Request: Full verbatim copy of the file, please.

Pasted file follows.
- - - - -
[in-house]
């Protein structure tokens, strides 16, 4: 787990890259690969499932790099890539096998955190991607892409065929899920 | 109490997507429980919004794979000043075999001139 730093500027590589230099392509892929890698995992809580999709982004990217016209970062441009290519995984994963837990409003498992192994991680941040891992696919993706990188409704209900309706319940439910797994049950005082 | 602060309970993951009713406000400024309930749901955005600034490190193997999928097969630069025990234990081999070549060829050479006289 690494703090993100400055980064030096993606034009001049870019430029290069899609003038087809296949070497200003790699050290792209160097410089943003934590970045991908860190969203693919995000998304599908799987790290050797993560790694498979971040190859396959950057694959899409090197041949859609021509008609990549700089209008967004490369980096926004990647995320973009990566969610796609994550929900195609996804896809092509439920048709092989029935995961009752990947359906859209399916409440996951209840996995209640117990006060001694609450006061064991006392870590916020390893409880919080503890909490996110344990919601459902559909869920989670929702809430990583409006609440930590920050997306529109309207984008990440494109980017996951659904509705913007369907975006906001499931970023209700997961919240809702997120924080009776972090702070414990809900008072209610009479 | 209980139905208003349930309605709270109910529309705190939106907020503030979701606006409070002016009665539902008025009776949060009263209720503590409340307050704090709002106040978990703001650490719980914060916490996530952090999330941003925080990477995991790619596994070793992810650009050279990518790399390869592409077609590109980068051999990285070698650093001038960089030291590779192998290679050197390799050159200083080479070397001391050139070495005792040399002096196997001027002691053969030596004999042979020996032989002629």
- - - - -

[in-house]
């Protein structure tokens, strides 16, 4: 787990890259690969499932790099890539096998955190991607892409065929899920 | 109490997507429980919004794979000043075999001139 730093500027590589230099392509892929890698995992809580999709982004990217016209970062441009290519995984994963837990409003498992192994991680941040891992696919993706990188409704209900309706319940439910797994049950005082 | 602060309970993951009713406000400024309930749901955005600034490190193997999928097969630069025990234990081999070549060829050479006289 690494703090993100400055980064030096993606034009001049870019430029290069899609003038087809296949070497200003790699050290792209160097410089943003934590970045991908860190969203693919995000998304599908799987790290050797993560790694498979971040190859396959950057694959899409090197041949859609021509008609990549700089209008967004490369980096926004990647995320973009990566969610796609994550929900195609996804896809092509439920048709092989029935995961009752990947359906859209399916409440996951209840996995209640117990006060001694609450006061064991006392870590916020390893409880919080503890909490996110344990919601459902559909869920989670929702809430990583409006609440930590920050997306529109309207984008990440494109980017996951659904509705913007369907975006906001499931970023209700997961919240809702997120924080009776972090702070414990809900008072209610009479 | 209980139905208003349930309605709270109910529309705190939106907020503030979701606006409070002016009665539902008025009776949060009263209720503590409340307050704090709002106040978990703001650490719980914060916490996530952090999330941003925080990477995991790619596994070793992810650009050279990518790399390869592409077609590109980068051999990285070698650093001038960089030291590779192998290679050197390799050159200083080479070397001391050139070495005792040399002096196997001027002691053969030596004999042979020996032989002629």